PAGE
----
While the Switch hasn’t always offered much choice when it comes to loot-based first-person shooters, that recently changed with the release of 2K’s Borderlands Legendary Collection. Included in the collection are three separate titles: Borderlands, Borderlands 2, and Borderlands: The Pre-Sequel, each of which are fantastic in their own right.
Borderlands was originally released all the way back in 2009 for the Xbox 360, PlayStation 3, Windows, MacOS, and even Android via the Nvidia Shield TV. An enhanced Game Of The Year edition was eventually ported to PlayStation 4 and Xbox One offering quality of life improvements that wouldn’t show up until later in the franchise, along with upgraded visuals and an increased framerate. This is the version included for the Switch’s Legendary Collection, however the resolution is (a still very handsome) 1080p with the framerate locked at 30FPS in lieu of the 4K / 60FPS experience you’ll receive on PC, Xbox One, and PlayStation 4. This is a small compromise but it’s worth it considering how well all three of these games run on the Switch.
Story-wise, the game remains the exact same as its original release, sending you to the planet of Pandora as a “Vault Hunter” – one of four individuals that each possess unique upgradeable skills and favour certain weapon types. Admittedly, it’s a bit thin on narrative but the plot has never been the main attraction of this series. Nay, it’s the 17,750,000 different firearms you can find during the course of your adventure. It has been speculated that this is greater than the number of unique guns in every other videogame released before it combined. While I have no idea who would want to do the arithmetic on all that, I’d be willing to believe it.
At the time of its original release over a decade ago, I remember this number absolutely blowing my mind. Granted, this number includes many permutations of weapons that are incredibly similar, but it’s still a baffling amount of loot to collect. An arsenal that would get Burt Gummer’s blood pumping in conjunction with the excellent multiplayer vastly extends the title’s replayability, as does the inclusion of all the original DLC. Visually, the first title in the series holds up remarkably well on the Switch, with the chunky, cel-shaded aesthetic looking exceptionally crisp even to this day.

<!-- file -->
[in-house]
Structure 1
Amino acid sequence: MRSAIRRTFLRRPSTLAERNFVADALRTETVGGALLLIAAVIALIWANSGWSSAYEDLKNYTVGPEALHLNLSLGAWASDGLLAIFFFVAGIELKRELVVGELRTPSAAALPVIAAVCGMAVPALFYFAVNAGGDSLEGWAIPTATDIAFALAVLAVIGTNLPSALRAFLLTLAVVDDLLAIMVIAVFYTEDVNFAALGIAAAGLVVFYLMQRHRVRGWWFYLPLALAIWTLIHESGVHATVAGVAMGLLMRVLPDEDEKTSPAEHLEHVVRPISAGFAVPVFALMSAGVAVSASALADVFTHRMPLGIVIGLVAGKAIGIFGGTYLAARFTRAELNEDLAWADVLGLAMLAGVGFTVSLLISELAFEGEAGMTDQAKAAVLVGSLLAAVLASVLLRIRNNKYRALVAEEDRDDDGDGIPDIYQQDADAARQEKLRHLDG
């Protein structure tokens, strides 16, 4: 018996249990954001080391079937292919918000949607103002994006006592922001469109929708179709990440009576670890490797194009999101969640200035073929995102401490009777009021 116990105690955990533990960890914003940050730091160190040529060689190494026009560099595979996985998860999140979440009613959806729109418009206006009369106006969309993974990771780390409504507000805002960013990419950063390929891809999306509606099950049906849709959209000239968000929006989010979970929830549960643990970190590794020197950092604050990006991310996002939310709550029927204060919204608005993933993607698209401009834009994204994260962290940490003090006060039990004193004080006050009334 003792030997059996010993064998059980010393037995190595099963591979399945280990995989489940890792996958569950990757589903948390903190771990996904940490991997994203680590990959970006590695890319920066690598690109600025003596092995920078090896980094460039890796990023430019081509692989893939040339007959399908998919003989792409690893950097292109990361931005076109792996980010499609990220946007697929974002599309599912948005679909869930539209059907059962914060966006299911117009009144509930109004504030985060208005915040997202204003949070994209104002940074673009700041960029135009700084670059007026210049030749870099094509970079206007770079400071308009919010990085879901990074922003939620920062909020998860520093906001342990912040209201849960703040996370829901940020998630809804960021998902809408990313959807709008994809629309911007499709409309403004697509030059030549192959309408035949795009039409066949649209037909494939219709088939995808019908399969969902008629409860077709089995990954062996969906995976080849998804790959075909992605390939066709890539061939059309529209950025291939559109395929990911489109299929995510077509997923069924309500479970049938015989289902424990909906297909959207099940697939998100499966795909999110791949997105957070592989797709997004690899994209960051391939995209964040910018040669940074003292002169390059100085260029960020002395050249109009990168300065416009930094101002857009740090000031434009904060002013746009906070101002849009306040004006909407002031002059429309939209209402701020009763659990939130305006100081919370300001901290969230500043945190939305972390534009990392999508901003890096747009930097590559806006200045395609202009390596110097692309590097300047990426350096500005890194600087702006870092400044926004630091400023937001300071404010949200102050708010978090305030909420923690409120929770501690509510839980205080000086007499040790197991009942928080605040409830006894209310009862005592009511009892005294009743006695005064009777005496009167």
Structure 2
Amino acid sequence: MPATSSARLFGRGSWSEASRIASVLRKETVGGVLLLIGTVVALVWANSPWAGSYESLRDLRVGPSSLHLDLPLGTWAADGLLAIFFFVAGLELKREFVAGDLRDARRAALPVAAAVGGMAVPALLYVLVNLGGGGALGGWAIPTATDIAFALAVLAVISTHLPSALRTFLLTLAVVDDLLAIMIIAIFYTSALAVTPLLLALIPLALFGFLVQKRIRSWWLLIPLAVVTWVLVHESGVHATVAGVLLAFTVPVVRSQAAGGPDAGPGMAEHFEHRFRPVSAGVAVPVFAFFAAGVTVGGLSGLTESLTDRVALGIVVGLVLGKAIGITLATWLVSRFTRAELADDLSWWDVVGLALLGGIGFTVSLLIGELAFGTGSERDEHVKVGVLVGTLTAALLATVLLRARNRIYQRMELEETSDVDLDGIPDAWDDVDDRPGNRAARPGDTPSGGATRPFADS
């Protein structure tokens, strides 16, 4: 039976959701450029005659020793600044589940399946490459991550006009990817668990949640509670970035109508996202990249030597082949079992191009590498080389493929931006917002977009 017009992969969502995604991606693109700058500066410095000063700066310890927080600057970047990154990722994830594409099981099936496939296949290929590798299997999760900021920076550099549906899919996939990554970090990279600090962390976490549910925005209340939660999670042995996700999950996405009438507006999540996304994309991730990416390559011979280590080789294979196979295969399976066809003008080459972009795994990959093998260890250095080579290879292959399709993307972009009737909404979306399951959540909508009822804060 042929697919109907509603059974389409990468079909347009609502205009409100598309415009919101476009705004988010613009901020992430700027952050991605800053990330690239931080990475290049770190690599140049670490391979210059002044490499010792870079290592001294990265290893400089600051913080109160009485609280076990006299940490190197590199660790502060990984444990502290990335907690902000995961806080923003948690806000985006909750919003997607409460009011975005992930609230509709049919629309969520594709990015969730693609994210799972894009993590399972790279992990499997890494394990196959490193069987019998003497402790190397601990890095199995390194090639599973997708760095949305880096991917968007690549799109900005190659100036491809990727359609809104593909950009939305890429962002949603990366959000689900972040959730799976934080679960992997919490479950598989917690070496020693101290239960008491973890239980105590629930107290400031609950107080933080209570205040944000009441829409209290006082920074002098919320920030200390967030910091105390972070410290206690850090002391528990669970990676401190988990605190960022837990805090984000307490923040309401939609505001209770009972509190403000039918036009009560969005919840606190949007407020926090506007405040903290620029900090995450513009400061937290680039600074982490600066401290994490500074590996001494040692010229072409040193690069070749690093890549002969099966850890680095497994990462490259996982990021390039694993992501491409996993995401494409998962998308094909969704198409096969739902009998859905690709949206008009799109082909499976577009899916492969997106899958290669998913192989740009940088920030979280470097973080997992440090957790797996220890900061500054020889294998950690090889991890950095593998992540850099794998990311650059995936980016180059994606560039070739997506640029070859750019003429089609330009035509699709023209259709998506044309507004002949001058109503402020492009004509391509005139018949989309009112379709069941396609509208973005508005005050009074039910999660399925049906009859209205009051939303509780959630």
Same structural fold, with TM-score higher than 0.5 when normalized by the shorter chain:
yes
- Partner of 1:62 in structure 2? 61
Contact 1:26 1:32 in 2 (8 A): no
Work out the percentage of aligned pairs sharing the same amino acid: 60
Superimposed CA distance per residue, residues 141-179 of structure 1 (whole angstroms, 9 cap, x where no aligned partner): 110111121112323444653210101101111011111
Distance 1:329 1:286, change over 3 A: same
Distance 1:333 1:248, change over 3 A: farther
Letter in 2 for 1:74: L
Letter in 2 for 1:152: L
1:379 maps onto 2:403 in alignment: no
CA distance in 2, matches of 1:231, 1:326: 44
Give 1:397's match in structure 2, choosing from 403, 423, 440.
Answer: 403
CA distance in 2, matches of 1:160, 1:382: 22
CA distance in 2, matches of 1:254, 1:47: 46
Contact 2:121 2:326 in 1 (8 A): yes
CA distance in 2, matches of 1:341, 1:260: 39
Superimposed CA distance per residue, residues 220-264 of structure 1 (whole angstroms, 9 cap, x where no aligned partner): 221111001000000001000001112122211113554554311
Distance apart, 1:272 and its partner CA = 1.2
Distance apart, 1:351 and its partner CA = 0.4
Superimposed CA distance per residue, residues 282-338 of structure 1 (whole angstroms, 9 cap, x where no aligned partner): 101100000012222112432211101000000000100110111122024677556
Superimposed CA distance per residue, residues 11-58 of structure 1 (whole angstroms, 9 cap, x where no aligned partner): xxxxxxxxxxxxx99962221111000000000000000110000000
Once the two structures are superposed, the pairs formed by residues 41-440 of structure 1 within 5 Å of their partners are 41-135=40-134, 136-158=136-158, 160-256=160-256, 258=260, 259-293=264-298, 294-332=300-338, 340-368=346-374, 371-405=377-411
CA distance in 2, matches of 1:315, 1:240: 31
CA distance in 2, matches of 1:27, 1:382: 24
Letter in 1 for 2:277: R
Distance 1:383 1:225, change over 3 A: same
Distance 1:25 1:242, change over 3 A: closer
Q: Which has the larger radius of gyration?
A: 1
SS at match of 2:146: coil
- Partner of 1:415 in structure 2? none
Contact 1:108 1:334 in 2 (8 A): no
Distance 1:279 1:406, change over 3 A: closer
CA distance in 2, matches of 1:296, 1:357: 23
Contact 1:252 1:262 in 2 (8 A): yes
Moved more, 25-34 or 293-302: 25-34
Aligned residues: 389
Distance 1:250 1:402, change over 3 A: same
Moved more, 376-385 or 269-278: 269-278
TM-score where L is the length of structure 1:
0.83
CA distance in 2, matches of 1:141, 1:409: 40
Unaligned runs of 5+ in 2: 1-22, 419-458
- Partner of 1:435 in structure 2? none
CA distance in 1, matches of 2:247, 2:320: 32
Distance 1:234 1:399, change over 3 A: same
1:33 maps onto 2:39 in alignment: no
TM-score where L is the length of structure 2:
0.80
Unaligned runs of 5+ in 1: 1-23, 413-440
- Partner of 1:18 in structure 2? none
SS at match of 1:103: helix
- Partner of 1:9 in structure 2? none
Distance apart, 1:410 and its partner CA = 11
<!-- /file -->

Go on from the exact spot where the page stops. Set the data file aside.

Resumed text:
Borderlands 2 was originally released in 2012 for PC, Xbox 360, PlayStation 3, and OS X before eventually finding its way to the PlayStation Vita and Linux. The sequel fixes nothing that isn’t broken (save for the aforementioned quality of life improvements replacing a basic compass with a minimap, etc) and switches things up, giving 4 new playable characters with all-new abilities with the included DLC upping the total count to 6. The gun-generating system used by it’s predecessor has been improved, further increasing the total number of guns available to the player but more importantly adding even more variety to the guns you’ll find.
The story in Borderlands 2 takes place five years after the end of the original game, with the planet Pandora awash in a new material known as Eridium. Handsome Jack, the president of the Hyperion Corperation from the previous game, has obtained a monopoly on this new resource and has used it to establish his rule over the planet. Many familiar faces from the original Borderlands return once again as NPCs, including all four original playable characters who each play a pivotal in the events that unfold.
Borderlands: The Pre-Sequel, the newest game in this collection, is still almost six years old. It still feels fresh, however, as it adds in some interesting new gameplay elements (including some fun zero gravity mechanics) and to top it off still runs just as splendidly as the other two titles included. There is the inclusion of a new weapon type (lasers, which are fun) and a new type of elemental damage that lets you freeze your enemies and shatter them with a melee attack (also fun). The four playable characters in this outing have all shown up elsewhere in the franchise as NPCs (or boss characters) and all have their own unique feel, with two more characters being available as DLC once again (which was also included in the version I played). Although named in a somewhat unconventional matter, Borderlands: The Pre-Sequel does indeed take place between the events of the original and the sequel, and expands on much of the backstory regarding Handsome Jack’s rise to power.
In all, Borderlands Legendary Collection is excellent value and is a much welcomed addition to the Switch’s library. I had a blast replaying through each of these titles, and having them available in a truly portable form made sneaking in the short quest while on the go a breeze. Previously, the only way you could play this franchise on the go was the rather abysmal Borderlands 2 port for PlayStation Vita which chugged along at 20FPS and only allowed for 2 player co-op, among other shortcomings. This collection makes good on the missteps of the Vita port and then some so if you were one of the unlucky souls that played that version, fear not – it’s all here and it plays great. With that being said, if you opt for the e-shop version of this title you’re going to want a decently sized microSD card as having all three installed on the system at once takes up a substantial amount of storage space.
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